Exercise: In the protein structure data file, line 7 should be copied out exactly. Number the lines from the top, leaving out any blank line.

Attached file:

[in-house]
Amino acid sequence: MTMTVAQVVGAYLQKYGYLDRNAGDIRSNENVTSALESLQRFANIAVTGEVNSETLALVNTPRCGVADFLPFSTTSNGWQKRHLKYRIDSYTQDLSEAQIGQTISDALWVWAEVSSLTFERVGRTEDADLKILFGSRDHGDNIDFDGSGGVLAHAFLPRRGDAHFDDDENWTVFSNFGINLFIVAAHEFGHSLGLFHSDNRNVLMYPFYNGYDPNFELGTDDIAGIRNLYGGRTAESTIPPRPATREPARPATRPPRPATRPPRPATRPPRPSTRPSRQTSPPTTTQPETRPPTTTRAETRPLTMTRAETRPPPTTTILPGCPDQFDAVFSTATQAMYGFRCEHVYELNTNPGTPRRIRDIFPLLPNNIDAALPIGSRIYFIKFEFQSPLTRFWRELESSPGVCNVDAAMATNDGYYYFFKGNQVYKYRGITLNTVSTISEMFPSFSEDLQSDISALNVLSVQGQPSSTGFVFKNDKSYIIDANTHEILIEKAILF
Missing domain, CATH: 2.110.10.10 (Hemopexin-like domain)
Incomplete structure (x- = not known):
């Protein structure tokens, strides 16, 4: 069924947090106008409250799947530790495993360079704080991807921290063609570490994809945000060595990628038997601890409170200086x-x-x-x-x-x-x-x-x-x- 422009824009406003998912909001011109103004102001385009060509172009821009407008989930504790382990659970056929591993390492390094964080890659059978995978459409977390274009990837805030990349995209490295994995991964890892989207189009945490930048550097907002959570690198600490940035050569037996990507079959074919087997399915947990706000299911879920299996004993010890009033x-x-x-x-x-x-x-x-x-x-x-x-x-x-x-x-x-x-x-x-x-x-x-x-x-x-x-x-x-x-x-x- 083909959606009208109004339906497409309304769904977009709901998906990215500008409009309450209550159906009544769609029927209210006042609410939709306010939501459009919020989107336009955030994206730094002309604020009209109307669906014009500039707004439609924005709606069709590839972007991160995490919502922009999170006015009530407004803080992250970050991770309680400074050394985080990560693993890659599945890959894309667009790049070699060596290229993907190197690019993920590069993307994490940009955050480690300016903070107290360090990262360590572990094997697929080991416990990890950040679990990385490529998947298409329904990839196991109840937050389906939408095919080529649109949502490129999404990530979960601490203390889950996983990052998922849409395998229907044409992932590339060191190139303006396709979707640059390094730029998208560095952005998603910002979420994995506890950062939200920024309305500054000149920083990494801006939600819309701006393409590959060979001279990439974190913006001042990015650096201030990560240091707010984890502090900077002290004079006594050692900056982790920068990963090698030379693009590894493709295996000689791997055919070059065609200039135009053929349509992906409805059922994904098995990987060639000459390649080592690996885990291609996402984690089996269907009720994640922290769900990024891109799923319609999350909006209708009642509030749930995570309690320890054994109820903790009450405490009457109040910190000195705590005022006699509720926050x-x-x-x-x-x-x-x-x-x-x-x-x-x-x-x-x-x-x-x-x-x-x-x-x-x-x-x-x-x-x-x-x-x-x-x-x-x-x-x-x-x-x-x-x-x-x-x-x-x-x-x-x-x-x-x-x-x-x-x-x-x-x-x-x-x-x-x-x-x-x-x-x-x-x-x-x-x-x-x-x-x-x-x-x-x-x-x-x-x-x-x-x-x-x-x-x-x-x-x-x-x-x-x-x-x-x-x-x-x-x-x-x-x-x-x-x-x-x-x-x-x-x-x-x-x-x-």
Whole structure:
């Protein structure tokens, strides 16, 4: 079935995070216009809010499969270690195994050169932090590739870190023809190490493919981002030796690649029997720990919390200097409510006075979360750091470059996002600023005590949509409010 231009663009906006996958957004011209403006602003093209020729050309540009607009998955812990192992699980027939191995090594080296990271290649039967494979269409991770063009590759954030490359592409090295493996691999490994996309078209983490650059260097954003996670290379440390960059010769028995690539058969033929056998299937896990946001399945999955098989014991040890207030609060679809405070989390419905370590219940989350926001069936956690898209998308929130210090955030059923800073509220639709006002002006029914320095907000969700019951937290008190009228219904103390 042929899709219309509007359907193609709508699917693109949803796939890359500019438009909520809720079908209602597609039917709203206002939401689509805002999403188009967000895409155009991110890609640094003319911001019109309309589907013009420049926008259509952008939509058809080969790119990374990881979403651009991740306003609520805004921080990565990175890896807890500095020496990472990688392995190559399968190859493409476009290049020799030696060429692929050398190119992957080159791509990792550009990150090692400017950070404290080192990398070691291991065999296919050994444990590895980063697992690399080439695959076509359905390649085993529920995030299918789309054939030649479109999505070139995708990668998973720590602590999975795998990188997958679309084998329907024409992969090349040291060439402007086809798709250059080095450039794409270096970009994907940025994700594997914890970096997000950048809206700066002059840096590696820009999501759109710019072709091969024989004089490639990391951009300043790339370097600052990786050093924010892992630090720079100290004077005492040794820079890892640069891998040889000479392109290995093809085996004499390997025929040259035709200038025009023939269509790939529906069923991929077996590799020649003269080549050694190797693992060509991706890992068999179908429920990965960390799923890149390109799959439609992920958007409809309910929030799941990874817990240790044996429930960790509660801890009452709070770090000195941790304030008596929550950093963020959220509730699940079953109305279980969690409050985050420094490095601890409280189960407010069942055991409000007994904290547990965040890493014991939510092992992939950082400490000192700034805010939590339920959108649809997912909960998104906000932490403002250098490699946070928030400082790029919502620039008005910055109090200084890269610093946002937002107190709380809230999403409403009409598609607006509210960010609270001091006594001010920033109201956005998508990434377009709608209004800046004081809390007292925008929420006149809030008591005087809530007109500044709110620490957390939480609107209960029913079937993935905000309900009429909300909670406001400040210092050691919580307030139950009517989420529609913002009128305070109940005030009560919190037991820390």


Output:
């Protein structure tokens, strides 16, 4: 079935995070216009809010499969270690195994050169932090590739870190023809190490493919981002030796690649029997720990919390200097409510006075979360750091470059996002600023005590949509409010 231009663009906006996958957004011209403006602003093209020729050309540009607009998955812990192992699980027939191995090594080296990271290649039967494979269409991770063009590759954030490359592409090295493996691999490994996309078209983490650059260097954003996670290379440390960059010769028995690539058969033929056998299937896990946001399945999955098989014991040890207030609060679809405070989390419905370590219940989350926001069936956690898209998308929130210090955030059923800073509220639709006002002006029914320095907000969700019951937290008190009228219904103390 042929899709219309509007359907193609709508699917693109949803796939890359500019438009909520809720079908209602597609039917709203206002939401689509805002999403188009967000895409155009991110890609640094003319911001019109309309589907013009420049926008259509952008939509058809080969790119990374990881979403651009991740306003609520805004921080990565990175890896807890500095020496990472990688392995190559399968190859493409476009290049020799030696060429692929050398190119992957080159791509990792550009990150090692400017950070404290080192990398070691291991065999296919050994444990590895980063697992690399080439695959076509359905390649085993529920995030299918789309054939030649479109999505070139995708990668998973720590602590999975795998990188997958679309084998329907024409992969090349040291060439402007086809798709250059080095450039794409270096970009994907940025994700594997914890970096997000950048809206700066002059840096590696820009999501759109710019072709091969024989004089490639990391951009300043790339370097600052990786050093924010892992630090720079100290004077005492040794820079890892640069891998040889000479392109290995093809085996004499390997025929040259035709200038025009023939269509790939529906069923991929077996590799020649003269080549050694190797693992060509991706890992068999179908429920990965960390799923890149390109799959439609992920958007409809309910929030799941990874817990240790044996429930960790509660801890009452709070770090000195941790304030008596929550950093963020959220509730699940079953109305279980969690409050985050420094490095601890409280189960407010069942055991409000007994904290547990965040890493014991939510092992992939950082400490000192700034805010939590339920959108649809997912909960998104906000932490403002250098490699946070928030400082790029919502620039008005910055109090200084890269610093946002937002107190709380809230999403409403009409598609607006509210960010609270001091006594001010920033109201956005998508990434377009709608209004800046004081809390007292925008929420006149809030008591005087809530007109500044709110620490957390939480609107209960029913079937993935905000309900009429909300909670406001400040210092050691919580307030139950009517989420529609913002009128305070109940005030009560919190037991820390």